Causing a Commotion: The Madonna Super Bowl Set List We'd Like to See
Rumors swirled across the Web on Tuesday that Madonna's upcoming Super Bowl set list had leaked. It sent shivers down the spines of pop historians and shrugs across the shoulders of people who know which teams are actually playing in the Super Bowl. Nicki Minaj and M.I.A. have already confirmed that they'll be on hand Sunday in Indianapolis to perform "Gimme All Your Lovin,'" their new collabo with Ms. M. Speculation is that the big hits "Ray of Light," "Music," "Vogue" and "Holiday" could round out the Material Girl's performance.
That's a pretty killer lineup of classic Madonna, to be sure, but as die-hard fans of all things Madge, we've got our own ideas on what she should play (and what she should NOT play EVER). Blow that whistle, ref, because we're kicking off the Rocks Off Suggested Set List for Madonna Bowl I.
Our Superior Super Bowl Setlist
Get into the Groove
Nothing in Madonna's catalogue sets the tone better for a righteous dance party than this 1985 smash from the Desperately Seeking Susan soundtrack. The beat is so infectious that even the fuddiest of duddies can't help but at least tap their feet. Importantly, the song is one of Madonna's best known -- Billboard named it the "Dance Single of the Decade" at the dawn of the '90s. It's exactly the sort of high-energy '80s club track that people love Madonna for, and it'd have the massive TV audience reliving some fond pop memories rather than reaching for the remote.
Justify My Love
Sure, Madonna may be speeding past "cougar" headlong toward GILF territory, but few performers have ever been as good at putting on a large-scale erotic spectacle. Can you imagine the army of backup dancers writhing on stage to this little number? "Justify My Love" was arguably Madonna's steamiest single of all time, featuring a boundary-pushing music video famously banned by MTV. The Super Bowl is already saturated with sex courtesy of the commercials, so we say it's high time Madonna dusted the old girl off for the occassion. The song! Not her... nevermind.
Nothing Really Matters
The birth of Madonna's daughter Lourdes left a deep impression on her music, wiping away much of the lurid shock value that threatened to define her early-'90s work. Few singles illustrated this change in approach better than "Nothing Really Matters," which appeared on 1999's Ray of Light. "Now that I am grown/Everything's changed," Madonna sings. "I'll never be the same." It's a great, bouncy dance track that never received the love it deserved, and its family-friendly themes are a good fit for the event. Especially after the "Justify My Love" orgy.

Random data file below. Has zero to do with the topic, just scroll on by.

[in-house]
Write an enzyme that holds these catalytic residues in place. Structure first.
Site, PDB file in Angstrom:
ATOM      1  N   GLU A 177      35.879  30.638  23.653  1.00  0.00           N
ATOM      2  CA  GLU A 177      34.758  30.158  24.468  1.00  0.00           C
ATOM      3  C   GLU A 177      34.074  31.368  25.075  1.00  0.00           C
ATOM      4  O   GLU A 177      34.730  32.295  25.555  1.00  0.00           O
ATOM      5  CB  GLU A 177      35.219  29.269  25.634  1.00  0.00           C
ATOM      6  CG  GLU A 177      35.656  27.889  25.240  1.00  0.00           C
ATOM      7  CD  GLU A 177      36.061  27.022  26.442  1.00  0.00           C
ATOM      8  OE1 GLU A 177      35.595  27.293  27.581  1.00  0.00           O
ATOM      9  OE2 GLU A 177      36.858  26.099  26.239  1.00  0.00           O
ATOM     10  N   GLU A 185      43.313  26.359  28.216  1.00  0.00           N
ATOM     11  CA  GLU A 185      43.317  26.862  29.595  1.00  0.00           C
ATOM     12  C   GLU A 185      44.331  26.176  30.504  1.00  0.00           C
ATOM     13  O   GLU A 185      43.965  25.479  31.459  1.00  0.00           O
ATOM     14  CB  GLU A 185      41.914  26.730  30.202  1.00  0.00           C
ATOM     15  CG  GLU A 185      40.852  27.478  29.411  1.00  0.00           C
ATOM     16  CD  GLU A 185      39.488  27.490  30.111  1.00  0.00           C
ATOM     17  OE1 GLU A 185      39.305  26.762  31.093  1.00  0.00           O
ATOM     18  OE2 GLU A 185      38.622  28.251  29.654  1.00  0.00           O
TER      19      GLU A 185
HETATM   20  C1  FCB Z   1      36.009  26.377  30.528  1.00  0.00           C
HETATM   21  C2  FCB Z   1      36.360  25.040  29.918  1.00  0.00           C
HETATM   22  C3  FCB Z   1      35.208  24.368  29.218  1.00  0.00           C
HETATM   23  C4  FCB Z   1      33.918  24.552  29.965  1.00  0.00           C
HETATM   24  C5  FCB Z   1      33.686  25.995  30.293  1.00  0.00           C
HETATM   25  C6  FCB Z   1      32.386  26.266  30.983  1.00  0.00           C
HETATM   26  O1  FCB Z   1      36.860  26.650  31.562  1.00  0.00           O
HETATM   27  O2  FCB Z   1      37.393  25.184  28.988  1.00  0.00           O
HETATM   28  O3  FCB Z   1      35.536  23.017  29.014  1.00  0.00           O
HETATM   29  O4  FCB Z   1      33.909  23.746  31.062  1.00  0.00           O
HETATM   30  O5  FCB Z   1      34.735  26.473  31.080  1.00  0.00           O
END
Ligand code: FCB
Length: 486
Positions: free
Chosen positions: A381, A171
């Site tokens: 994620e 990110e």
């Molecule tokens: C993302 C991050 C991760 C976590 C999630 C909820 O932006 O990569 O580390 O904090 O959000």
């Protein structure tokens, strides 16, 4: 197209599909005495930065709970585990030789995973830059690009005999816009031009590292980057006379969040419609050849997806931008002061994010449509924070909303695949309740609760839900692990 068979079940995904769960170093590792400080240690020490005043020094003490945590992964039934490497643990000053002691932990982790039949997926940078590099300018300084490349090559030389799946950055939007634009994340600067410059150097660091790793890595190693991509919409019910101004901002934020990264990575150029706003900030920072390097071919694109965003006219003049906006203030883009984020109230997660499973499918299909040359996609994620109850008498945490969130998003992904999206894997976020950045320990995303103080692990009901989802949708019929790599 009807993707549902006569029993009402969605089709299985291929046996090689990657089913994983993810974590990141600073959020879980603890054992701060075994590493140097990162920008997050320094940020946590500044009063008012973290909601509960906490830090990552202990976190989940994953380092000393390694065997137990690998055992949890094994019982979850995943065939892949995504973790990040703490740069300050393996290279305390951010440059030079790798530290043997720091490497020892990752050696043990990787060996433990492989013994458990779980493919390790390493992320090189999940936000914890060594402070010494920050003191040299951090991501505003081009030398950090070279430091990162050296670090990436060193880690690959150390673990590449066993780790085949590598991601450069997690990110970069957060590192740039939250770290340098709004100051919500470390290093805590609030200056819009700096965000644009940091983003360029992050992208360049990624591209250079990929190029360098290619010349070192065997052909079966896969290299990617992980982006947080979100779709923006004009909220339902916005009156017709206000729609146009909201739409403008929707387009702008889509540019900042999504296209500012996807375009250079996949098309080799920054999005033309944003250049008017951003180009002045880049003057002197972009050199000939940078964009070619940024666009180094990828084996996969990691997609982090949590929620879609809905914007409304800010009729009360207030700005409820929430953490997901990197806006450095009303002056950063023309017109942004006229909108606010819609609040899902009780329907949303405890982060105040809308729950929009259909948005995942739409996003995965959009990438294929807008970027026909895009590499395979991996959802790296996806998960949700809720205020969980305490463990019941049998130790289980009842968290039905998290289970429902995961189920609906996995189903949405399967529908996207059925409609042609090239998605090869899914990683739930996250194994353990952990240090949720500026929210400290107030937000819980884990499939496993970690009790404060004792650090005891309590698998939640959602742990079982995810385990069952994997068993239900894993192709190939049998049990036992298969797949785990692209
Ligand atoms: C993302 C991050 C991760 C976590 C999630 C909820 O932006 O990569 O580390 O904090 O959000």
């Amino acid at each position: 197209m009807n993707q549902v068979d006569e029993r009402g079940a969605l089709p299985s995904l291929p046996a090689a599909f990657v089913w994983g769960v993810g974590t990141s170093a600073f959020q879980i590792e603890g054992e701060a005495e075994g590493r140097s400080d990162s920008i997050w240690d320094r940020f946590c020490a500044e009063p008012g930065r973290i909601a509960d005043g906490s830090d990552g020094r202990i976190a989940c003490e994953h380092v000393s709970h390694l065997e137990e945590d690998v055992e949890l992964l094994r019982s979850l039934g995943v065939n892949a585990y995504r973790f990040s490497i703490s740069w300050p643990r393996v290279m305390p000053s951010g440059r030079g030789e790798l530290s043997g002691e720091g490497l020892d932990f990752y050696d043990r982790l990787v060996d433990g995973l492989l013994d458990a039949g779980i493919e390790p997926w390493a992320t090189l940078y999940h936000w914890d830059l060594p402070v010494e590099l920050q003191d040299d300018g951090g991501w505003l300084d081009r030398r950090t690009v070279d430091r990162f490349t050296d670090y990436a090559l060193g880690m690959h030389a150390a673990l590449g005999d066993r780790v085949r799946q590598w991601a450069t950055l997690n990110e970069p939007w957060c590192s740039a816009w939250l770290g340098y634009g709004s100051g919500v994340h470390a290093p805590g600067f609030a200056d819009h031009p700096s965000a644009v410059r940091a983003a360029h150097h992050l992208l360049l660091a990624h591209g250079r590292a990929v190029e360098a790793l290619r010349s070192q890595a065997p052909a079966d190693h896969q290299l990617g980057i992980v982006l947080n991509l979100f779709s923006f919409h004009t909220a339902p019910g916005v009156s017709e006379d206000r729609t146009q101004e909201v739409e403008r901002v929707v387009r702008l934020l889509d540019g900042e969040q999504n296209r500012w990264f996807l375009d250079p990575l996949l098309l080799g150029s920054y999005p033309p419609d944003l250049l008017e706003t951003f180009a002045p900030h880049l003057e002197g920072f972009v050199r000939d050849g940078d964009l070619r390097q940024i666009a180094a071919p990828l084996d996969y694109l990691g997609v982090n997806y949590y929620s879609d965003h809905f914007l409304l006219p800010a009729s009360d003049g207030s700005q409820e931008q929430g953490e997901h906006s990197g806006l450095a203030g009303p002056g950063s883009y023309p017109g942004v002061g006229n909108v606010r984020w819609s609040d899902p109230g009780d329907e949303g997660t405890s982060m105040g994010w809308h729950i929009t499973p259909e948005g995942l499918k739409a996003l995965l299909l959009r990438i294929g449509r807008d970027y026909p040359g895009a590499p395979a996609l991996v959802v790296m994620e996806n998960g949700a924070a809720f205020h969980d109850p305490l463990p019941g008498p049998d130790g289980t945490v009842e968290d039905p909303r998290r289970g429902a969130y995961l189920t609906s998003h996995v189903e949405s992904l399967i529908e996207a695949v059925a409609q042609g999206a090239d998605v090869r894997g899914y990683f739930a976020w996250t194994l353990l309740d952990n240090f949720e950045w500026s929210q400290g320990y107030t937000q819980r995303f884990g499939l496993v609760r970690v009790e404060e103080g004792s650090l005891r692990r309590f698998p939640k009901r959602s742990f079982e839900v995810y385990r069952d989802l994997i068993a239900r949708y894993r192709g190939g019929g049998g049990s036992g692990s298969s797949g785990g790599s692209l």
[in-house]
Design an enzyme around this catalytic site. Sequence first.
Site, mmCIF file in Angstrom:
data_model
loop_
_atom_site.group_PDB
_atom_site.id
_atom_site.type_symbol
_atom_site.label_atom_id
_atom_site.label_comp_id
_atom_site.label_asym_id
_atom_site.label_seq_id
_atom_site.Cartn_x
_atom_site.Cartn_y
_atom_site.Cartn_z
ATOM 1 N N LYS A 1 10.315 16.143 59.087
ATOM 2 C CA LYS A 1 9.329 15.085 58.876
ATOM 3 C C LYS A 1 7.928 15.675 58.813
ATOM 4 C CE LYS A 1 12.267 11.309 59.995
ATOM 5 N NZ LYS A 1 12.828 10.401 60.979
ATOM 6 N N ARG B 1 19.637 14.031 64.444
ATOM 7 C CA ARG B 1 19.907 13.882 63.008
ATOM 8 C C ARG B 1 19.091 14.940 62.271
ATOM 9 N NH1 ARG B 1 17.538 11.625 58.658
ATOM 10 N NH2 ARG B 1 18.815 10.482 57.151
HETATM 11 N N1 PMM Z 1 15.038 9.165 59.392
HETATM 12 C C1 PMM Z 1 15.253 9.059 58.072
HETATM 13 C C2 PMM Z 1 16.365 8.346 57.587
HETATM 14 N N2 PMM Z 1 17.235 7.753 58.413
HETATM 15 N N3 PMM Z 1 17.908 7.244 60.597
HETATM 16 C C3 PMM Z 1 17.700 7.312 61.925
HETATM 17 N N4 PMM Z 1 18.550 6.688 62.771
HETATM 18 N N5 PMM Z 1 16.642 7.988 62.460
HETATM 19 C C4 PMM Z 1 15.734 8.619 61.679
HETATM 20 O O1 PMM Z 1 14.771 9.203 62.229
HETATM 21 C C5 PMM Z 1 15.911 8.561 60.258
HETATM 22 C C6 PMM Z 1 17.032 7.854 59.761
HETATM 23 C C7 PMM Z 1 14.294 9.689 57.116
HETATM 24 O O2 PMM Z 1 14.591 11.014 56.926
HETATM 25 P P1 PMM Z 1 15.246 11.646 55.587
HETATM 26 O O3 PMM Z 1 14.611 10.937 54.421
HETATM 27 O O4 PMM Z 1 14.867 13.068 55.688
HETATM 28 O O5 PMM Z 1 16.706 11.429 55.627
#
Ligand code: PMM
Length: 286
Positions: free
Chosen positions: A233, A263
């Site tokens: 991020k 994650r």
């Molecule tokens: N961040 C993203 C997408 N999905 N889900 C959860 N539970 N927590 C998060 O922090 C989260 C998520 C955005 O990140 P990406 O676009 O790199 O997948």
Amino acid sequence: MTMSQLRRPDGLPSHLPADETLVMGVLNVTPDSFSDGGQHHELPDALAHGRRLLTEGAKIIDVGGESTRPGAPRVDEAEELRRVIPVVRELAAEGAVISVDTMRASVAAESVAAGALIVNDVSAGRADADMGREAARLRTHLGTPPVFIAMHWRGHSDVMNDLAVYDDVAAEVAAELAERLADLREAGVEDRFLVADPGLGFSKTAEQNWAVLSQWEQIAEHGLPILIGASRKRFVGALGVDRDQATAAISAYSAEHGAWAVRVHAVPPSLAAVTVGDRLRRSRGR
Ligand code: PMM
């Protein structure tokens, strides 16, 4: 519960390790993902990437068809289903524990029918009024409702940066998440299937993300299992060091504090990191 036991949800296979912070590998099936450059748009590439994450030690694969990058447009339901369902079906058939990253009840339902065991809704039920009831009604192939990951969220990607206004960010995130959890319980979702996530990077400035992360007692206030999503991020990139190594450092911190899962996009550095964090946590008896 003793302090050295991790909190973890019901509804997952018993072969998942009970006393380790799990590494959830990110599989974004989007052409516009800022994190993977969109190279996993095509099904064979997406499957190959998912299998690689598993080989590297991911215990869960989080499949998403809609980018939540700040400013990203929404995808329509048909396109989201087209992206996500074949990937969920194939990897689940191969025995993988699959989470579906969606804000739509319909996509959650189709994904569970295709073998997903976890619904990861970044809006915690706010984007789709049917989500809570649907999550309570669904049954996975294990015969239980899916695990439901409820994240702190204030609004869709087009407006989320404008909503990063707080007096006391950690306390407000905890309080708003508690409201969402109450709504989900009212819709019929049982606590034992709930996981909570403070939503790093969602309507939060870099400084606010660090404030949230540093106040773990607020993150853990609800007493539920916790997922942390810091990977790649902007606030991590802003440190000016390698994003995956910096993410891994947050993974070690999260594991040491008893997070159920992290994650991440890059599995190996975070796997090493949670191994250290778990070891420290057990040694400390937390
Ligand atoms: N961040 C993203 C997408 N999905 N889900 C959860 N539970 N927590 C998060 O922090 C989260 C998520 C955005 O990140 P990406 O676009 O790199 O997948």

Don't Tell Me
This single from 2000's Music found the Material Girl dabbling in country, featuring dry vocals over an acoustic guitar loop. The song was a definite stylistic departure for Madonna, both from the club pop of her classic period as well as the French-disco electronica that studded the rest of Music. Put simply, it worked, netting Madge her biggest hit ever on the Adult Top 40 chart. "Don't Tell Me" would make an excellent nod to her 21st Century oeuvre while also throwing a bone to the conservative elements of the Super Bowl audience who'd sooner take up soccer than set foot in a disco.
This 1989 pop classic threatened to slip into obscurity until Lady Gaga none-too-subtly reminded us how great it was with "Born This Way." Not only is it one of Madonna's biggest, brassiest dance tracks, it's also a thundering call for female empowerment. The prospect of blasting its feminist(ish) message into millions of homes during the intermission of America's most macho sporting event is simply too delicious to pass up. And hey, if she breaks out the roger rabbit, we ain't complaining.
Don't Cry for Me Argentina
Madonna scored a top-ten hit with this popular tune from the Evita soundtrack, but Andrew Lloyd Webber simply has no place at the Super Bowl. Seriously, he should probably be barred from the building.
We wouldn't blame Madonna for trying to get some run out of her more recent singles, but this messy collaboration with Justin Timberlake and Timbaland just doesn't sound like a Madonna song. It's too busy, too crowded and just too... Timbaland. Pass.
This 2003 single is a muddled wreck that ranks as one of Madonna's worst. It's a weak stab at satirizing the overindulgent lifestyle that was becoming closely associated with America around the world during the Bush Years, but it's better known for rhyming "pilates" with "soy latte" in one of the worst raps of all time.
The best thing about this soundtrack fodder from Madonna's 2000 flop The Next Best Thing is that she avoided recording the entirety of Don McLean's interminable original. It's nice that Madonna learned how to play guitar and everything, but this dour cover was hardly the ideal vehicle to demonstrate that skill.
The sugary, Motown-flavored title track to Madonna's 1986 album was supposedly a tribute to her then-husband, Sean Penn, but it sounds influenced more by the retro cheese of Grease than any genuine human feeling. It's embarrassingly cute and entirely forgettable. "True" blew.
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